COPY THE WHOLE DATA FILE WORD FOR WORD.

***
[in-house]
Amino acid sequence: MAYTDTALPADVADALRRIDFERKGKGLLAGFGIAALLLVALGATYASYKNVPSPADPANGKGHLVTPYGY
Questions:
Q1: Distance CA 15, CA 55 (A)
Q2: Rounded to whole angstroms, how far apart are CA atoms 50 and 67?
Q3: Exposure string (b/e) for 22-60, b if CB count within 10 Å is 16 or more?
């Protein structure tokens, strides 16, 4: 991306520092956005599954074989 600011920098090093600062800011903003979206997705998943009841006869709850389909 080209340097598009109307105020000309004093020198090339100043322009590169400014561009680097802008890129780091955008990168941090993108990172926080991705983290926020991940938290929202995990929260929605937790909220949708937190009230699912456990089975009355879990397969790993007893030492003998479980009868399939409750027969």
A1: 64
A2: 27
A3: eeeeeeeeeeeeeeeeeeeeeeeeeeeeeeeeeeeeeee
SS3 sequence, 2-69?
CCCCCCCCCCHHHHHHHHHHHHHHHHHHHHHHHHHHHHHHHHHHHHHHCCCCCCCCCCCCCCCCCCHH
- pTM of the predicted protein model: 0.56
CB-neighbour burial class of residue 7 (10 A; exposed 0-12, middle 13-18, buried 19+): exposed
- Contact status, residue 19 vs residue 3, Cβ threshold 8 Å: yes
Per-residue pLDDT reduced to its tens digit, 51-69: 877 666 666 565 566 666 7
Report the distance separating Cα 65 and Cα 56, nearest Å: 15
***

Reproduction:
[in-house]
Amino acid sequence: MAYTDTALPADVADALRRIDFERKGKGLLAGFGIAALLLVALGATYASYKNVPSPADPANGKGHLVTPYGY
Questions:
Q1: Distance CA 15, CA 55 (A)
Q2: Rounded to whole angstroms, how far apart are CA atoms 50 and 67?
Q3: Exposure string (b/e) for 22-60, b if CB count within 10 Å is 16 or more?
């Protein structure tokens, strides 16, 4: 991306520092956005599954074989 600011920098090093600062800011903003979206997705998943009841006869709850389909 080209340097598009109307105020000309004093020198090339100043322009590169400014561009680097802008890129780091955008990168941090993108990172926080991705983290926020991940938290929202995990929260929605937790909220949708937190009230699912456990089975009355879990397969790993007893030492003998479980009868399939409750027969």
A1: 64
A2: 27
A3: eeeeeeeeeeeeeeeeeeeeeeeeeeeeeeeeeeeeeee
SS3 sequence, 2-69?
CCCCCCCCCCHHHHHHHHHHHHHHHHHHHHHHHHHHHHHHHHHHHHHHCCCCCCCCCCCCCCCCCCHH
- pTM of the predicted protein model: 0.56
CB-neighbour burial class of residue 7 (10 A; exposed 0-12, middle 13-18, buried 19+): exposed
- Contact status, residue 19 vs residue 3, Cβ threshold 8 Å: yes
Per-residue pLDDT reduced to its tens digit, 51-69: 877 666 666 565 566 666 7
Report the distance separating Cα 65 and Cα 56, nearest Å: 15